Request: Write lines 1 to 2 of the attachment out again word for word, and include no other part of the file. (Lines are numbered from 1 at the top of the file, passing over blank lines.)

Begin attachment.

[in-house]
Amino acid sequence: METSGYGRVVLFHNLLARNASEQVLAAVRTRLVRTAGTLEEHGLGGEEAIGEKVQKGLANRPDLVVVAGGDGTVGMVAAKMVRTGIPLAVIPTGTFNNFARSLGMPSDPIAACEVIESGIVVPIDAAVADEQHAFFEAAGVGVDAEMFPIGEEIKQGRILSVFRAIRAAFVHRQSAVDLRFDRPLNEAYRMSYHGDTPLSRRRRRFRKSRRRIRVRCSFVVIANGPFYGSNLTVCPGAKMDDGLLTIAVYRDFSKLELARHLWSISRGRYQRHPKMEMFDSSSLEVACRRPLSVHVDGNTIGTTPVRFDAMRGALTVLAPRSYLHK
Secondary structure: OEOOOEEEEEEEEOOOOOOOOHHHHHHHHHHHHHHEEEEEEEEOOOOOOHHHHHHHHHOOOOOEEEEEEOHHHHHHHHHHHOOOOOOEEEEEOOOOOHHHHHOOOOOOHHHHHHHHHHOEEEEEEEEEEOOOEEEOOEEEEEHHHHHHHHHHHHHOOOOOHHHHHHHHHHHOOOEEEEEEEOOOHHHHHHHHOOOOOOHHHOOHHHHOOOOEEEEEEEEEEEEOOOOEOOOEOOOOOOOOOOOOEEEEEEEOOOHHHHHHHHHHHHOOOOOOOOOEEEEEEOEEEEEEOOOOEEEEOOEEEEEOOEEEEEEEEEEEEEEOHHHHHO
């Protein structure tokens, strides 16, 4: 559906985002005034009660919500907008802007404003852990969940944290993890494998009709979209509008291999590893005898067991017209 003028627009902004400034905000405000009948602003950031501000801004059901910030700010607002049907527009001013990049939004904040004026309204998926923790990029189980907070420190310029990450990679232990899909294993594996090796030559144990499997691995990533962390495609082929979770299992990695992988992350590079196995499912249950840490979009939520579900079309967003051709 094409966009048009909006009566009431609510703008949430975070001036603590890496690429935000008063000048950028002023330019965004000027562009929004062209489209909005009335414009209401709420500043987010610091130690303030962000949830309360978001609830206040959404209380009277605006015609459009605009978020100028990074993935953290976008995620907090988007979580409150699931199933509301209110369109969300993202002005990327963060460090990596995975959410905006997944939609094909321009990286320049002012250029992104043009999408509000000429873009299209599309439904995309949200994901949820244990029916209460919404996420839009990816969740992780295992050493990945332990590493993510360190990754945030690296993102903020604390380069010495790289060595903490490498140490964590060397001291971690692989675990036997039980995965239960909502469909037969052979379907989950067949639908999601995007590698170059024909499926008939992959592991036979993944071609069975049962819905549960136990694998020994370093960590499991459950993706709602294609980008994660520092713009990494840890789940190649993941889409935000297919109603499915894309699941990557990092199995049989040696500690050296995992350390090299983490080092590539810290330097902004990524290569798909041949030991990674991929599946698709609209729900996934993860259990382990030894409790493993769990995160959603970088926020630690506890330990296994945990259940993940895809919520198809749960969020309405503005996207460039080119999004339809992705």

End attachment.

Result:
[in-house]
Amino acid sequence: METSGYGRVVLFHNLLARNASEQVLAAVRTRLVRTAGTLEEHGLGGEEAIGEKVQKGLANRPDLVVVAGGDGTVGMVAAKMVRTGIPLAVIPTGTFNNFARSLGMPSDPIAACEVIESGIVVPIDAAVADEQHAFFEAAGVGVDAEMFPIGEEIKQGRILSVFRAIRAAFVHRQSAVDLRFDRPLNEAYRMSYHGDTPLSRRRRRFRKSRRRIRVRCSFVVIANGPFYGSNLTVCPGAKMDDGLLTIAVYRDFSKLELARHLWSISRGRYQRHPKMEMFDSSSLEVACRRPLSVHVDGNTIGTTPVRFDAMRGALTVLAPRSYLHK